Family law experts who examine divorce trends at the National Center for Family & Marriage Research state that married partners over 50 divorce at a much higher rate than do married couples generally. Over the past 20 years, they say, the divorce rate for 50-plus couples has approximately doubled, whereas it has actually decreased slightly for America's married population overall.
Although it is not immediately clear why that is so, one factor does loom large in helping to explain the phenomenon: Baby boomers are, comparatively, a group that has readily embraced marriage; 50-somethings have often wed early and willingly divorced to marry again, with a not insubstantial number of them being on a third or even subsequent marriage as they approach 60.
With experience, divorce gets easier.
And with age advancing, the issues most relevant to divorce tend to change and become immediately pressing. Certain things loom larger in a 50-plus divorce than in a dissolution of a truly young couple.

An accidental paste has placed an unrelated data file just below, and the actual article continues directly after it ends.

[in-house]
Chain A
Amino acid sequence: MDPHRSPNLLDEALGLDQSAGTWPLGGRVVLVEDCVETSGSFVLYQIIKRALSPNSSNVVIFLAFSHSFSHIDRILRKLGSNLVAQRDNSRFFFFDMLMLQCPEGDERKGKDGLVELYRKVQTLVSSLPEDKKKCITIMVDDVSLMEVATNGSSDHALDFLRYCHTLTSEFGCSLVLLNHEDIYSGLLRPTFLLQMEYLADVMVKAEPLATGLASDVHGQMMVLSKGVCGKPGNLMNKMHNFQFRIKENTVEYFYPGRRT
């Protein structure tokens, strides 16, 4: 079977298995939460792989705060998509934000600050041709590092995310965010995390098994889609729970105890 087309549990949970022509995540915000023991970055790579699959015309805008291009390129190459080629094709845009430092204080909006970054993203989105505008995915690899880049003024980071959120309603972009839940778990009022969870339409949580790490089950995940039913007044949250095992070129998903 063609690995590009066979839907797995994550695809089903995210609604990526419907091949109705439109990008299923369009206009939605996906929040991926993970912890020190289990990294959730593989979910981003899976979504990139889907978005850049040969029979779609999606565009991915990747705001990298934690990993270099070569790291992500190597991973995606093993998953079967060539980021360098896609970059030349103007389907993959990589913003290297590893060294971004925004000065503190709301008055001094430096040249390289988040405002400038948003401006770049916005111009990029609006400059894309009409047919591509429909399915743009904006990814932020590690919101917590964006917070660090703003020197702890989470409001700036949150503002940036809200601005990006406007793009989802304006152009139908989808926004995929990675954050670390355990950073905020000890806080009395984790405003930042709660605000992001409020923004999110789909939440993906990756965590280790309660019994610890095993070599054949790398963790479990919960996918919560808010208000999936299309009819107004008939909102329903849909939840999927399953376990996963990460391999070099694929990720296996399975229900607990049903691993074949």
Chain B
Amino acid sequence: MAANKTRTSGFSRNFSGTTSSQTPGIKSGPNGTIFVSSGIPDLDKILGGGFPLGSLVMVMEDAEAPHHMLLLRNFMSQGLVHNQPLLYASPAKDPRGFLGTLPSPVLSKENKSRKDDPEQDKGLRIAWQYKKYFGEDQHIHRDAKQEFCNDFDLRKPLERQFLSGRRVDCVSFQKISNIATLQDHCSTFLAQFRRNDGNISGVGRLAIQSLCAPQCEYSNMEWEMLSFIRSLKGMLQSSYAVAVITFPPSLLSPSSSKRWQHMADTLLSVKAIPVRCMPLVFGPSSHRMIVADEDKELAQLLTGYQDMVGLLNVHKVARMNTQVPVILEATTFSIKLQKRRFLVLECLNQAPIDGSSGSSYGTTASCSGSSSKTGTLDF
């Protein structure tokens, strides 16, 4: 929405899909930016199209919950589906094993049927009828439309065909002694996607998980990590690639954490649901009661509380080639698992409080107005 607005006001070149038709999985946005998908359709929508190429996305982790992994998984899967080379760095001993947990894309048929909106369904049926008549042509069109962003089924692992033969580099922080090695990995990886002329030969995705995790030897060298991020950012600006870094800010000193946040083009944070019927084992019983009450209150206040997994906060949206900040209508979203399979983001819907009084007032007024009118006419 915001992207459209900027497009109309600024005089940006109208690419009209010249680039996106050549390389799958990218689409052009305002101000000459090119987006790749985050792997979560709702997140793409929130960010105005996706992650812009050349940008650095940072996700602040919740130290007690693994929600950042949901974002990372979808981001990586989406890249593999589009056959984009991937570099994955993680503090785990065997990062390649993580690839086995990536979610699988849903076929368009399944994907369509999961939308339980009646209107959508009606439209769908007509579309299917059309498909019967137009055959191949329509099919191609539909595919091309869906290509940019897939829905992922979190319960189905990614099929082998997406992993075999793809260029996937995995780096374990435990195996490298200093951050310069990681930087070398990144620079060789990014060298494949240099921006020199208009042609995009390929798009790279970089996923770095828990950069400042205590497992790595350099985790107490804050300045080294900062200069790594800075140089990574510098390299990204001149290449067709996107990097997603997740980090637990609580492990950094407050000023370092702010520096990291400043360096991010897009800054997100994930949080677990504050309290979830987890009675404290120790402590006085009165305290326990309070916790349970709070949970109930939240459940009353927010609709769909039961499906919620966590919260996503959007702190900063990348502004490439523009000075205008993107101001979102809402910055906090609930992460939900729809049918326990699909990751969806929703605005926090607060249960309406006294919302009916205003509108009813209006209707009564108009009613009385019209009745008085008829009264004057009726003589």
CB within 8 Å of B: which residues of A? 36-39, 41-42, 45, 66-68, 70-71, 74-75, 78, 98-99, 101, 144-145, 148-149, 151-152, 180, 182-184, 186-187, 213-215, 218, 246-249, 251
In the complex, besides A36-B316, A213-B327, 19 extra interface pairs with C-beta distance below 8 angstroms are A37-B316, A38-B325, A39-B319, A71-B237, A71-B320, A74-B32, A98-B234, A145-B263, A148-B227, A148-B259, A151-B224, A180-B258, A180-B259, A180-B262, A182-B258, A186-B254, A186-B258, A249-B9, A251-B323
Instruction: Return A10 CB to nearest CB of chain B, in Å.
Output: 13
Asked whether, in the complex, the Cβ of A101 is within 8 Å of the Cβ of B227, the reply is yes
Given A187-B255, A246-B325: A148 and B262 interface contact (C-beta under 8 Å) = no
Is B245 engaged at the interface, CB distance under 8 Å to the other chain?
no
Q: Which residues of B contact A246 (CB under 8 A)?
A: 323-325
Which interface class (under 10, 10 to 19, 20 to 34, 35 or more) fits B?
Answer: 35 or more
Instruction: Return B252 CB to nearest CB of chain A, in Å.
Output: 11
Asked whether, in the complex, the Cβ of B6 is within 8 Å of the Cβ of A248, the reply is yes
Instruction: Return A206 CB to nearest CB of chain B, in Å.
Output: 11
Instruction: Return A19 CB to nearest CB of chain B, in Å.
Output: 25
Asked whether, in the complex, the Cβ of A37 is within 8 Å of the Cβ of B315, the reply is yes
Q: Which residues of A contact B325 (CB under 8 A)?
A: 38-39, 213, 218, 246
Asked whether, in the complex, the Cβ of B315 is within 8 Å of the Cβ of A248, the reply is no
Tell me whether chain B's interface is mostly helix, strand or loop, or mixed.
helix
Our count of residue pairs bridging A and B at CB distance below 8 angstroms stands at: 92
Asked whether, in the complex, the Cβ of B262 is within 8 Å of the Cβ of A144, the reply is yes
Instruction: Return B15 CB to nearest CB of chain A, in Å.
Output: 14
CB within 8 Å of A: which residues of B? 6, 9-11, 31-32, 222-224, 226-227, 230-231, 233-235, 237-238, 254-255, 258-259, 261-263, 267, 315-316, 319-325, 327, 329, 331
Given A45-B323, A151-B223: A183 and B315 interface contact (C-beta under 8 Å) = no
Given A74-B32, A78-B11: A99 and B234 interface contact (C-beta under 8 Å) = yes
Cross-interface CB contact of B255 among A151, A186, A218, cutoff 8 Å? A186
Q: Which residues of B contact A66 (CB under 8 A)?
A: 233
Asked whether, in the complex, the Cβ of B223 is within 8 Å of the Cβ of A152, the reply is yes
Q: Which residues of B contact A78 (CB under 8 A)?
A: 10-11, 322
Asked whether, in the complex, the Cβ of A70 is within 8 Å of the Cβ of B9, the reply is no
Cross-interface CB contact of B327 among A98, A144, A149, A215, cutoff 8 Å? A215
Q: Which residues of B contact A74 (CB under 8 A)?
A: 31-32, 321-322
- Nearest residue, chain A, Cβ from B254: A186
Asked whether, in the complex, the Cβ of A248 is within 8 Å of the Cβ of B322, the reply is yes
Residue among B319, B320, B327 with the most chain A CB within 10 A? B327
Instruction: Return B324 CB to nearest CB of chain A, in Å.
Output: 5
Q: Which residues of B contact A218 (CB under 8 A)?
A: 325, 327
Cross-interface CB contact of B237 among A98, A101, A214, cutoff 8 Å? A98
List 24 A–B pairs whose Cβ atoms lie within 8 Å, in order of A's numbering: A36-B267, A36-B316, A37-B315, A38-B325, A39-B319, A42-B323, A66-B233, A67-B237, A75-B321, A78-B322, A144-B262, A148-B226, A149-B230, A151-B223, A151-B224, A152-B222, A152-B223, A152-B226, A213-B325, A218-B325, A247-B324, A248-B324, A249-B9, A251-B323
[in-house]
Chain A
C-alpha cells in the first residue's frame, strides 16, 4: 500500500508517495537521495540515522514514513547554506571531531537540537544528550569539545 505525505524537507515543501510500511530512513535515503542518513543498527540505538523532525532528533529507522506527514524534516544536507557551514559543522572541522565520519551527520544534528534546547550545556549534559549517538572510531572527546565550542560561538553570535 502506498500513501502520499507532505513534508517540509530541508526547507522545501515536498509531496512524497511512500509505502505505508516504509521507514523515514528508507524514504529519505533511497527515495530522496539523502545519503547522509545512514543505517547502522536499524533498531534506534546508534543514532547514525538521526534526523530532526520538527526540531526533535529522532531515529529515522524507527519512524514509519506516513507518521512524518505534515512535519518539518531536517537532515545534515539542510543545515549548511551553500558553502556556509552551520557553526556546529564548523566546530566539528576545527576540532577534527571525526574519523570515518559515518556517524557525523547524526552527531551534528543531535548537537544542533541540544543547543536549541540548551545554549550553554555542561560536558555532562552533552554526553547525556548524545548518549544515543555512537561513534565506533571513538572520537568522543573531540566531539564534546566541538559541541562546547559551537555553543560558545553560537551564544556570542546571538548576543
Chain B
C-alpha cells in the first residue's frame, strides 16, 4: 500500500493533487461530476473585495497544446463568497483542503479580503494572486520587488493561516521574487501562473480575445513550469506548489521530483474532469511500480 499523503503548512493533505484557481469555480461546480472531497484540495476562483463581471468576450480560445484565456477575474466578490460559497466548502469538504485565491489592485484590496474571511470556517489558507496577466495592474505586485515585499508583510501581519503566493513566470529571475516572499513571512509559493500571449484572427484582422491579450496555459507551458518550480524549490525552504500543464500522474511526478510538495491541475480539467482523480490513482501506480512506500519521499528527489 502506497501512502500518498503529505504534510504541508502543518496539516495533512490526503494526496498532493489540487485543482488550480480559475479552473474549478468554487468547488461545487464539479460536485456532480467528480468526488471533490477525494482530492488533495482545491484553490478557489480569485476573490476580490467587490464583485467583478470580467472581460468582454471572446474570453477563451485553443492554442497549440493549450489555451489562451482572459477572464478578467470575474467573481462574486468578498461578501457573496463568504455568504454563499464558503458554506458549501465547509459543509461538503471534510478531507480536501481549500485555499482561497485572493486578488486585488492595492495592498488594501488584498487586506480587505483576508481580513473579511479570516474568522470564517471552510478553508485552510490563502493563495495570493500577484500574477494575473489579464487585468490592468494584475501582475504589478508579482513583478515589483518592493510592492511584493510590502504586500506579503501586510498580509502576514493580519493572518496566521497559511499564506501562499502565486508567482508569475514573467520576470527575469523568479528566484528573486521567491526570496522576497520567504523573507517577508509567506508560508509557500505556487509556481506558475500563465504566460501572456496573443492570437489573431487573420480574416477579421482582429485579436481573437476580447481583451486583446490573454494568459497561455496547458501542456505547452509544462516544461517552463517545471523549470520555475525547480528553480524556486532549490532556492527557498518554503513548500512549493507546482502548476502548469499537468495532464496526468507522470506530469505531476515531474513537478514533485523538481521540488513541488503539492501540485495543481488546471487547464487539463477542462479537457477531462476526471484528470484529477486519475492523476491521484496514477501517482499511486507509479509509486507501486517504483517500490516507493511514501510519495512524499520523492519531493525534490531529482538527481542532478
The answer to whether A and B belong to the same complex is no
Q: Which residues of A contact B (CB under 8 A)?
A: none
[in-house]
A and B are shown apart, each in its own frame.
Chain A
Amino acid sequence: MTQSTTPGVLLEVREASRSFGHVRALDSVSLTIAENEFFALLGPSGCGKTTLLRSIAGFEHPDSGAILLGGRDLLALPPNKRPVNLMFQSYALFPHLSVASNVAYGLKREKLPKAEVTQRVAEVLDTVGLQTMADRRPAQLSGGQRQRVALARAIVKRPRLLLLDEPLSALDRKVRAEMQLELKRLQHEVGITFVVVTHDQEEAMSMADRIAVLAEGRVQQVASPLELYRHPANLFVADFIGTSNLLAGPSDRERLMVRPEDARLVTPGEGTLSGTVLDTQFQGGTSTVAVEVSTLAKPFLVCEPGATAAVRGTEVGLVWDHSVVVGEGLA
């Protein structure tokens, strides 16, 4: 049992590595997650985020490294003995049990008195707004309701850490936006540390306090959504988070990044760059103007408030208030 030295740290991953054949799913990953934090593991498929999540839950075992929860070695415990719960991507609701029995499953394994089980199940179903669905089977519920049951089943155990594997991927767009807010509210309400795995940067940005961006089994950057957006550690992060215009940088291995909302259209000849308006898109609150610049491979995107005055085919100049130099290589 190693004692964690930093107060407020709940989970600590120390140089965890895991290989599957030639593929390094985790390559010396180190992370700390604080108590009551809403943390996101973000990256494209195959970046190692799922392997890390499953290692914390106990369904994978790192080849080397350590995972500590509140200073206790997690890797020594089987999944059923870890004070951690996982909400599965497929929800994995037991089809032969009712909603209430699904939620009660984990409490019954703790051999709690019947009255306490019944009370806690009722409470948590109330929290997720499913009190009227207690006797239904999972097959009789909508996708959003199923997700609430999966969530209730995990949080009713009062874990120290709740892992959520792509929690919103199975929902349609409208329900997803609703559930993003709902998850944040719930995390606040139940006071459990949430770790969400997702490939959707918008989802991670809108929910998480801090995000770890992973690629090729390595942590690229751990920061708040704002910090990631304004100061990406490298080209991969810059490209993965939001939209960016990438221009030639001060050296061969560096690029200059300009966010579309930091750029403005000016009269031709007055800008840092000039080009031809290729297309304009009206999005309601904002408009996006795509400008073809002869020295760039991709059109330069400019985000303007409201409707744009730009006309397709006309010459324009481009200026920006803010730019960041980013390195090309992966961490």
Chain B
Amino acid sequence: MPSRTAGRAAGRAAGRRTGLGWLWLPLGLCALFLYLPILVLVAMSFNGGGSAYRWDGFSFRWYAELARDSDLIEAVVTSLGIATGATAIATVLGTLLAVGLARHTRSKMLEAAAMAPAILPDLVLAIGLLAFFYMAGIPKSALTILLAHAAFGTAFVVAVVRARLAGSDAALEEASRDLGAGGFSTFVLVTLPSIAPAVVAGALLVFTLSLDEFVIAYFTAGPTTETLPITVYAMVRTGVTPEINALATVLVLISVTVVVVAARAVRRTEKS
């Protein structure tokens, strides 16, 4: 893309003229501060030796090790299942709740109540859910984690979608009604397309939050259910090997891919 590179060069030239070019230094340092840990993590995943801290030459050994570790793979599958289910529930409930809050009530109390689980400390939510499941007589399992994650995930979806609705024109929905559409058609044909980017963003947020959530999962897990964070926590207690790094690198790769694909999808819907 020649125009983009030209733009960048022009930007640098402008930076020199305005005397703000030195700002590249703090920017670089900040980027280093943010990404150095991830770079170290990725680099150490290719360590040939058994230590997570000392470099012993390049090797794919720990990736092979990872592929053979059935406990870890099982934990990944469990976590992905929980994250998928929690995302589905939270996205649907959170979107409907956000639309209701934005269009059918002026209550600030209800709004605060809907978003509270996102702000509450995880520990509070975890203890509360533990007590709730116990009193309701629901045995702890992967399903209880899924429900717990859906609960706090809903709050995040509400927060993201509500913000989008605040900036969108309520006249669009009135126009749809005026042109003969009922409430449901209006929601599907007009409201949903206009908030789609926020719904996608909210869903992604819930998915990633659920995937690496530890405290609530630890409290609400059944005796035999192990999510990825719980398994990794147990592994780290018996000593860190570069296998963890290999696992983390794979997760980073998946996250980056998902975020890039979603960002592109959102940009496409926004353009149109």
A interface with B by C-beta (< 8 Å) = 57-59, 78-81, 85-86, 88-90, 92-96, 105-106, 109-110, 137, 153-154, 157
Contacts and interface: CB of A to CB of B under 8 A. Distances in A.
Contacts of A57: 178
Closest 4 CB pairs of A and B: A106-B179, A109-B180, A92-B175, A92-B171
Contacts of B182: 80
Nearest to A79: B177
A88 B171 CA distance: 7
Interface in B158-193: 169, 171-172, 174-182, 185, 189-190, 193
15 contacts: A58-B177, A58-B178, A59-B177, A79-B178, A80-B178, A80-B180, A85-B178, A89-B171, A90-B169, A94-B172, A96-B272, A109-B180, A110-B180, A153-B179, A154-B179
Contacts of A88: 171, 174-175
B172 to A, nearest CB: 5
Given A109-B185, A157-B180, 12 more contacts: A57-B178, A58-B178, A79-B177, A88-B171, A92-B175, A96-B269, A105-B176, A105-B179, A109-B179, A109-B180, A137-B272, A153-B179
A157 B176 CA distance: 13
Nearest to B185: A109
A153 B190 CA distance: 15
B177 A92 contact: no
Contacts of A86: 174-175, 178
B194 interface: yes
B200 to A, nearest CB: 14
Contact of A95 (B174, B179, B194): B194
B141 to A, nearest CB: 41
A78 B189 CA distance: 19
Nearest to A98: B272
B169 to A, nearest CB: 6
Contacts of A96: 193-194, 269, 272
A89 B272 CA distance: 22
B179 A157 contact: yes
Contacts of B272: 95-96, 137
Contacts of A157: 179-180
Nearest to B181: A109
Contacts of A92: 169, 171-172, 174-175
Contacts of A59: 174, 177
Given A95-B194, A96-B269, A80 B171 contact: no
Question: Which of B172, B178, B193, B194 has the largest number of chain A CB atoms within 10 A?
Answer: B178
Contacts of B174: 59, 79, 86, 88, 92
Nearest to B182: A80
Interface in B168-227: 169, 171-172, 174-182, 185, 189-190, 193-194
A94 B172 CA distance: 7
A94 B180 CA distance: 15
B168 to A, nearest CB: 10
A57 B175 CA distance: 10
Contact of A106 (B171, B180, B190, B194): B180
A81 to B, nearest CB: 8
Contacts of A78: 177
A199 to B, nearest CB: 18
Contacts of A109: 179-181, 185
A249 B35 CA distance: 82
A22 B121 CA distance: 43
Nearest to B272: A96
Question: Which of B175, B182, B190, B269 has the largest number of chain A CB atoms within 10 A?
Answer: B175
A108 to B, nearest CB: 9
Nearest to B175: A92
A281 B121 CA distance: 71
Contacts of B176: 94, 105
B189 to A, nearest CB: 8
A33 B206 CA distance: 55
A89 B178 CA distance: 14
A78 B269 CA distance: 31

Most fundamentally, financial security going forward is a core concern. "You have much less time to recover if mistakes are made," says one divorce advisor. "There are no do-overs."
That being so, 50-somethings are generally focused quite strongly on securing a good settlement in divorce, while at the same time avoiding a too-large outlay of assets and marital property to their soon-to-be ex.
Many financial advisors agree that the divorce focus should definitely consider the following:
•· Properly evaluating pre-tax retirement funds -- One spouse might be receiving retirement accounts that on their surface look equal in value to the house that the other spouse is receiving, but it needs to be remembered that taxes will have to be paid on these accounts
•· Alimony and Social Security -- Don't overvalue the former (an ex-spouse over 50 could, frankly, have health issues and not have much longer to live; get a life insurance policy on the spouse in addition to an alimony award) and don't undervalue the latter (see our March 15 blog post; entitlement to a former spouse's Social Security benefits can be of critical importance, and many people are ignorant concerning eligibility and relevant rules)
•· Appropriate drafting by a professional to ensure that assets intended to be passed along to any children are not inappropriately disposed of to other parties -- e.g., an ex's future spouse or kids -- down the road.
An experienced family law attorney is a good source to confer with regarding considerations that are particularly relevant to many couples that are divorcing past the age of 50.
Related Resource: www.smartmoney.com "Divorce over 50: Three Mistakes to Avoid" March 23, 2011